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Archive for Sunday, May 13, 2012

Guest speaker, honorary doctorates bestow added degree of distinction to KU’s commencement

May 13, 2012

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2012 Commencement Ceremony at Kansas University

Scenes from the 2012 Commencement Ceremony at Kansas University. Enlarge video

Gathering at the Jayhawk

At Sunday's KU commencement, graduates gathered for photographs by the bronze Jayhawk outside Strong Hall. Enlarge video

The 4,800 members of Kansas University’s Class of 2012 celebrated their newly earned degrees on Sunday with hugs, a cartwheel or two, tears, Mylar balloons and a whole bunch of smartphone pictures.

“I’m both sad and happy,” said Paige Blevins, a graduate from Great Bend with a bachelor’s degree in English. “Because I had a great time at KU, both socially and educationally.”

She said she’ll always remember running from Rieger Scholarship Hall to Mass. Street after KU beat North Carolina to advance to the Final Four. She’ll have a chance to make new KU memories, though, as she’ll be back for law school.

Sunday marked the 140th commencement ceremony at KU, but was the first time that the university awarded honorary doctorates. The four honorees were former FDIC Chairwoman Sheila Bair, composer Kirke Mechem, former U.S. Sen. Bob Dole and Ford CEO Alan Mulally. All but Dole received the honor in person.

Mulally delivered the commencement address, taking over a role traditionally held by KU’s chancellor, though Bernadette Gray-Little did deliver a farewell speech to the graduates.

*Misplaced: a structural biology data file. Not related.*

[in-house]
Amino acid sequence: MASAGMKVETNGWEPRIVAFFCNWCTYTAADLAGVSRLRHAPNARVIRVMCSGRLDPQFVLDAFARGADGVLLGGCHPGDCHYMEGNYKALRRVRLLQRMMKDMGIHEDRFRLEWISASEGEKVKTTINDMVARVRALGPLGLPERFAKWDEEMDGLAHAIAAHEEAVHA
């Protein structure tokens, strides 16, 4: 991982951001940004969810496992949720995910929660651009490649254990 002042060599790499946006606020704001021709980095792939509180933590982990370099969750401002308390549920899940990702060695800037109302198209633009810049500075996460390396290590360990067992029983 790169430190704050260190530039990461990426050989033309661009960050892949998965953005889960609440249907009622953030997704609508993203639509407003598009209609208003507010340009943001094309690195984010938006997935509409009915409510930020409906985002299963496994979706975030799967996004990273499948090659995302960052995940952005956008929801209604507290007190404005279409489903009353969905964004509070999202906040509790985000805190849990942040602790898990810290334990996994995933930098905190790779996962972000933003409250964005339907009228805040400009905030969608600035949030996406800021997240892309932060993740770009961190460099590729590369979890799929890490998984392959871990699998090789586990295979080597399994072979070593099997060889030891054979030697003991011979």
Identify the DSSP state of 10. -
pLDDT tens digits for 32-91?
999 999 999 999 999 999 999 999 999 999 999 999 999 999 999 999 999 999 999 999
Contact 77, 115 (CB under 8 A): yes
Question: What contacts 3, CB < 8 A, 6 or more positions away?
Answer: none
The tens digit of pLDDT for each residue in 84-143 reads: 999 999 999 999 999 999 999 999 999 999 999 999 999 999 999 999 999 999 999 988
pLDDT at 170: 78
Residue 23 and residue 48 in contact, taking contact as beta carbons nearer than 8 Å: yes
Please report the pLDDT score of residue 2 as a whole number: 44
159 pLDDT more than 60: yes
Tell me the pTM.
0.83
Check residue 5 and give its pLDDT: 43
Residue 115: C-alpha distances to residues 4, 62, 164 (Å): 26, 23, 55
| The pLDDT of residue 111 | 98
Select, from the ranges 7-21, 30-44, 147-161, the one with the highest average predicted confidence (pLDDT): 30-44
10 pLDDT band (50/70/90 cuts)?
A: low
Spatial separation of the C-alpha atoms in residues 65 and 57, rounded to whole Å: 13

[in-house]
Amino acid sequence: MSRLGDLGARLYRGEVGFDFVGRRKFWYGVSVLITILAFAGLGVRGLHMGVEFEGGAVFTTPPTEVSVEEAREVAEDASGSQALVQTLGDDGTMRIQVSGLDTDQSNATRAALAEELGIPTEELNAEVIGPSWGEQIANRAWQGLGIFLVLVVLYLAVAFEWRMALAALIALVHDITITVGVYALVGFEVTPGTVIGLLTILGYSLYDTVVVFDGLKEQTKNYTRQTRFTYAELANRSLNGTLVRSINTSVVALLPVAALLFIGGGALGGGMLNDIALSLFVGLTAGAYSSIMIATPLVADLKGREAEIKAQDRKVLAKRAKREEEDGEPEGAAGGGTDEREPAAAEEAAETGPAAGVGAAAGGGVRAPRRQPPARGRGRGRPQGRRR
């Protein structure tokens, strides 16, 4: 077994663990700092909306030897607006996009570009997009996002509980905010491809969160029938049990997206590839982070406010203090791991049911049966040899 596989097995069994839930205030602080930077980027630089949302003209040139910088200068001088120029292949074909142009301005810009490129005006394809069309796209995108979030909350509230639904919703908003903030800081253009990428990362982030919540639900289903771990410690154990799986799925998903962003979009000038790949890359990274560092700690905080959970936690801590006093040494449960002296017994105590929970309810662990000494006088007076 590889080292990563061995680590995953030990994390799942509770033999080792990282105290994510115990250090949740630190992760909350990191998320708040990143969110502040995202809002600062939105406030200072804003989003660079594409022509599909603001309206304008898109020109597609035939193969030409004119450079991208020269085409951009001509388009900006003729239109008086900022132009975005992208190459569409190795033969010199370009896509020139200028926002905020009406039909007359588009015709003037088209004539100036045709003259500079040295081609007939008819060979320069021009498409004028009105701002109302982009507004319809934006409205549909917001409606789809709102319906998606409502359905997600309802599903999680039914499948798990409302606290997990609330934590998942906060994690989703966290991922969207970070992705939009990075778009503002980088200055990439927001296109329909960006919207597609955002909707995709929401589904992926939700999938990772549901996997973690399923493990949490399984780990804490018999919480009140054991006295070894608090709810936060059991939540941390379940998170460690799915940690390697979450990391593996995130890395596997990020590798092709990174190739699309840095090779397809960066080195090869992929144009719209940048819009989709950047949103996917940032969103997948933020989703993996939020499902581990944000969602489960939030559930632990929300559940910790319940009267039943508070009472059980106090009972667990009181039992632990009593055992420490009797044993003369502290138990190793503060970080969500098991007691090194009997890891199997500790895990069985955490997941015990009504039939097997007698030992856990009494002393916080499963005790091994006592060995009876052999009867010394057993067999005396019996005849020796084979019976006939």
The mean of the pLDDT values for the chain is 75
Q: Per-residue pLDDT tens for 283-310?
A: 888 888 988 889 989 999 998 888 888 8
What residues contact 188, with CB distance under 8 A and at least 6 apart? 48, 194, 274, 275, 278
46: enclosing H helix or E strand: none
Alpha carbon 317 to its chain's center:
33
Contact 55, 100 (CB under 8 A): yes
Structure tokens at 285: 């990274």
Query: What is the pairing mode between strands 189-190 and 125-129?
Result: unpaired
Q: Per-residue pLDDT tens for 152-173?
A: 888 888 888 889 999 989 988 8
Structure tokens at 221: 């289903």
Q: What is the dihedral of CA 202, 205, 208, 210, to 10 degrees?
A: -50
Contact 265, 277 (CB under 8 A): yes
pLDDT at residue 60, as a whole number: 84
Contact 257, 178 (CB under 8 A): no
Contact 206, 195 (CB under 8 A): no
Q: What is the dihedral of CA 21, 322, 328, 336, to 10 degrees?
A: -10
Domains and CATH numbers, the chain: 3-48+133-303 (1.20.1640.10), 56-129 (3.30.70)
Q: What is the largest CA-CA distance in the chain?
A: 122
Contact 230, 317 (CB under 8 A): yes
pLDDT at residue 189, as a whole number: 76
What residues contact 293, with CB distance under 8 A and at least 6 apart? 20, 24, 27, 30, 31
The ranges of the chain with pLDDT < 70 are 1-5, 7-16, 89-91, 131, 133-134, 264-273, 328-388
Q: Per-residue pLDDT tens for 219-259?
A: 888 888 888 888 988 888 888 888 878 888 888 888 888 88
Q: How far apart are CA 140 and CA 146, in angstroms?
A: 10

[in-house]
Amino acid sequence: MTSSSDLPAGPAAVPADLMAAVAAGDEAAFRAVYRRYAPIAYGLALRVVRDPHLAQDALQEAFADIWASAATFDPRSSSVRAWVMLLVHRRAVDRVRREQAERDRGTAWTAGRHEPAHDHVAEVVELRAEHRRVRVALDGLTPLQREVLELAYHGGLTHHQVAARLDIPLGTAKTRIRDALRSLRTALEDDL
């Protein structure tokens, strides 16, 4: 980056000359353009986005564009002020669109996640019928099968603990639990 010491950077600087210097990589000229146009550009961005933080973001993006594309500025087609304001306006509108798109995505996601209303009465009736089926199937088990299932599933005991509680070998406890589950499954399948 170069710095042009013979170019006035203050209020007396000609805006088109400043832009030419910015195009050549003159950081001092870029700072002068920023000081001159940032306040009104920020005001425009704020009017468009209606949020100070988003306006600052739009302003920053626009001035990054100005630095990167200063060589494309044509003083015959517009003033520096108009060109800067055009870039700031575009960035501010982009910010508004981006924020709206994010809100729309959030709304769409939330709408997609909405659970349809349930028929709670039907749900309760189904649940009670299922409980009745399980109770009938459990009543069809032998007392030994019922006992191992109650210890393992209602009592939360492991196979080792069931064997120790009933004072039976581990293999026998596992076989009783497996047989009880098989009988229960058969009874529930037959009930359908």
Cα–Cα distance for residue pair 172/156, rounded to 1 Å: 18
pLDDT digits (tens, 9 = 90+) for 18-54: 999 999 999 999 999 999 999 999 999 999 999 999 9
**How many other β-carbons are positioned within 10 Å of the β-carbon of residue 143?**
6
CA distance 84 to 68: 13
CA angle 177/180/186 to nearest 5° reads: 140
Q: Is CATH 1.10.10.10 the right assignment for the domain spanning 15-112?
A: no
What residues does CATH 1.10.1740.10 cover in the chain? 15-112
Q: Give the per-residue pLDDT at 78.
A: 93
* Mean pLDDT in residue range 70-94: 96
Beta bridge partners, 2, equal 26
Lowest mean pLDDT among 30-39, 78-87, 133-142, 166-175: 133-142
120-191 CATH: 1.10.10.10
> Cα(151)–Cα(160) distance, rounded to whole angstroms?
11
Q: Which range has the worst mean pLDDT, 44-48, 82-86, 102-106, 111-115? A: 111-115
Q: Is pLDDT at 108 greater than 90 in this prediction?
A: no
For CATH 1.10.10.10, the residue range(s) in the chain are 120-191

The Ford CEO highlighted his KU and Lawrence roots, recalling how he attended basketball star Wilt Chamberlain’s first varsity game at KU and took some credit for Chamberlain’s first record-breaking 52-point game against Northwestern after delivering a “pep talk” (The two exchanged brief “Hi”s before the game).

Mulally encouraged the graduates not to shy away from challenges and setbacks, calling them “gems.”

“Of course, unless we do something with it, a gem is just a rough stone,” he said. “It is up to us to shape and polish it.”

He referenced a few of his own struggles and challenges, discussing his first management job at Boeing, where he oversaw one employee, who promptly quit. He said he later approached the employee and discovered he had been trying to make the person do things exactly the way he did.

“Over time, I learned that the most effective managers and leaders connect people to the compelling vision of the enterprise, in a way that benefits the individual and benefits the organization,” Mulally said.

He encouraged the graduates to pursue the things that mattered to them “with great passion,” while being open and flexible.

“The world you are entering is filled with challenges and opportunities,” he said. “It is up to you to turn them into gems.”

Before the ceremony, graduates lined Memorial Drive in near-perfect weather, with temperatures in the low 70s below a nearly cloudless sky. Some had jobs, and some didn’t. Some had debt — “Oh, yeah. Lots of it,” said Crystal Yakel, an education graduate from Leawood — and some didn’t — “Thank you, Grandma,” said Alyssa Heinrich, a human biology graduate from Naperville, Ill.

But on Sunday, the focus was on the students, their transition to the next stage of life and their achievements. While lining up to go through the Campanile and down the hill to Memorial Stadium, several thoughts occupied the new graduates’ minds.

“I just hope I don’t trip,” said Kelsey Belt, a communication studies major from Overland Park.

It wasn’t tripping that concerned Patrick Collins, from Prairie Village, and Jon Collins, from Highland, two (unrelated) mechanical engineering graduates who took a moment to reminisce about their KU careers.

Patrick was talking about “the camaraderie of suffering” that comes with going through engineering classes together, when the conversation shifted to ways their families could find them in the mass of black robes. Jon had brought some Star Wars stormtrooper masks that he and a group of friends were wearing to help their families out a little.

But, if all four were wearing them, how would their families know who was who?

“If they see us, we’ll take them off,” Jon said.

Gray-Little, in her farewell speech, encouraged the graduates to make the most of their education, to not just do well, but also to do good in the world.

“Go out there,” she said. “Do great things. And Rock Chalk.”

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